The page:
Jewish World Review Oct. 4, 2004 / 19 Tishrei, 57645
Can a lousy candidate become a good president?
If a politician does a miserable job running a presidential campaign, why should we believe he could do a better job running the country?
That's the one big question that Kerry supporters can't answer as they continue to complain about their candidate's incompetence and inconsistency.
Michael Moore himself declares: "of course he's a lousy candidate!" but then goes on to argue that Kerry still could win.
But if he's so bad at running for office, only achieving past victories in safely Democratic Massachusetts, we have no reason to assume that he has what it takes to run the country.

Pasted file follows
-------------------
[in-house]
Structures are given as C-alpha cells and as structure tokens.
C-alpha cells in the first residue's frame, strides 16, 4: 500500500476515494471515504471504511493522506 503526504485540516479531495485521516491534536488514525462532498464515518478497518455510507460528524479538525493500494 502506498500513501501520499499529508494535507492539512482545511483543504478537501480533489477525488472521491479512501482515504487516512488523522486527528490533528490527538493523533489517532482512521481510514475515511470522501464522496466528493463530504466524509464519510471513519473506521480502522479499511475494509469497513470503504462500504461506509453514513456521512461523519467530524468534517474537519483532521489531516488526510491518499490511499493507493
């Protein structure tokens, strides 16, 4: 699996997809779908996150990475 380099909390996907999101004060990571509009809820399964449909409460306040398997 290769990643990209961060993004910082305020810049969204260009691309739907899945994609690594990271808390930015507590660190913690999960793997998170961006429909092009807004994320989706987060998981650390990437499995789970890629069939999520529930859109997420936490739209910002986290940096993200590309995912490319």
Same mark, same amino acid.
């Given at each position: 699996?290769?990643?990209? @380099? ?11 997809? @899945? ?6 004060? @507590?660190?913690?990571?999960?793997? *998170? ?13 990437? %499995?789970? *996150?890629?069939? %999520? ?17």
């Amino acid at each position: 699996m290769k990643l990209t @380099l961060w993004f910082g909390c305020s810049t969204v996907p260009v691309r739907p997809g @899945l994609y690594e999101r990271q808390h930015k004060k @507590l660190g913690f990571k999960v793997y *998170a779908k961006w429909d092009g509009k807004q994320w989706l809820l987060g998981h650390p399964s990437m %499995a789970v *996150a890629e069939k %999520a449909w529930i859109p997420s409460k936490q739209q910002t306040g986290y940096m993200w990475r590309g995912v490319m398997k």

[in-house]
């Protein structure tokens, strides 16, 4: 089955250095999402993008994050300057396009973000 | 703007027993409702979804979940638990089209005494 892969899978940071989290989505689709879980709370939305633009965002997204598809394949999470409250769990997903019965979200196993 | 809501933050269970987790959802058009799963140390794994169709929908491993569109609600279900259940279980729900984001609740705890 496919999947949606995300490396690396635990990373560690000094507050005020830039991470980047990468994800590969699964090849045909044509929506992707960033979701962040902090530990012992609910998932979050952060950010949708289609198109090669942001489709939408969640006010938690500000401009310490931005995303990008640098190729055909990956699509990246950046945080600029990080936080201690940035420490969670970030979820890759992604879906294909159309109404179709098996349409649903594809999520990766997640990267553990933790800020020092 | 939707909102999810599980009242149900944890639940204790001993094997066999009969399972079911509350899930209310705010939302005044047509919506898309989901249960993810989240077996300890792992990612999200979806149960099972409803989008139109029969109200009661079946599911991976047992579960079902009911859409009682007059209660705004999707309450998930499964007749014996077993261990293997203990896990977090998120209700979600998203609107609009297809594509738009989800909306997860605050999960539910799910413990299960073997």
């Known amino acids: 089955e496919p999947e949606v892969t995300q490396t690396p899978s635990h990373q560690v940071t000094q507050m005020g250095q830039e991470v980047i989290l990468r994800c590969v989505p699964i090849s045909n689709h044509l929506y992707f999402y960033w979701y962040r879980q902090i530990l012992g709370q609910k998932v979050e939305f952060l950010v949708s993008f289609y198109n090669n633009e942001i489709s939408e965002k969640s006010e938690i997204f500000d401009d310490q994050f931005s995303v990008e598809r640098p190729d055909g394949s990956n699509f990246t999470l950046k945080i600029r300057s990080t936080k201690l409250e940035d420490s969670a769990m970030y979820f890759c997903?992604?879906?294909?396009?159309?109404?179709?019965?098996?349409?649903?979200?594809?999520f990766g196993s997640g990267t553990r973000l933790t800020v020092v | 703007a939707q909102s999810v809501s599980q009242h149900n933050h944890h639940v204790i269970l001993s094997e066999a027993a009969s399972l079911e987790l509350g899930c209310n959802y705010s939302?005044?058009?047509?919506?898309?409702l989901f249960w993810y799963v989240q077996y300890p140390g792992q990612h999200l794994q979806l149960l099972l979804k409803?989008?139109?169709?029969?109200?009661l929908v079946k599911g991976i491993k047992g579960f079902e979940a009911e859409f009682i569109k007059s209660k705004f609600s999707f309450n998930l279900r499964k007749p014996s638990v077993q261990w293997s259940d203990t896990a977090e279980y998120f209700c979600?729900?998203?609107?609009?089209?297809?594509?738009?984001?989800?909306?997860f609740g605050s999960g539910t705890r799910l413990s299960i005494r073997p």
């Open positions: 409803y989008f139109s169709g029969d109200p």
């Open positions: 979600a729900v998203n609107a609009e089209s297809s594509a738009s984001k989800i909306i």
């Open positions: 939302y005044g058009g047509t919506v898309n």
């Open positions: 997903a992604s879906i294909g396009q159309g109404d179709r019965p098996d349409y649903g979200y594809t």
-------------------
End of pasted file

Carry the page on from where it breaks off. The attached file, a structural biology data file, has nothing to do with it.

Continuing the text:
Obviously, a president needs to deploy the same skills assembling a top-notch team, making timely, solid decisions, and inspiring the public when necessary required of a successful candidate.
There are no historical examples of weak contenders for office exceeding expectations by becoming strong presidents for the simple reason that weak contenders very rarely get themselves elected.
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JWR contributor, author and film critic
Michael Medved hosts a daily three-hour radio talk show
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© 2004, Michael Medved
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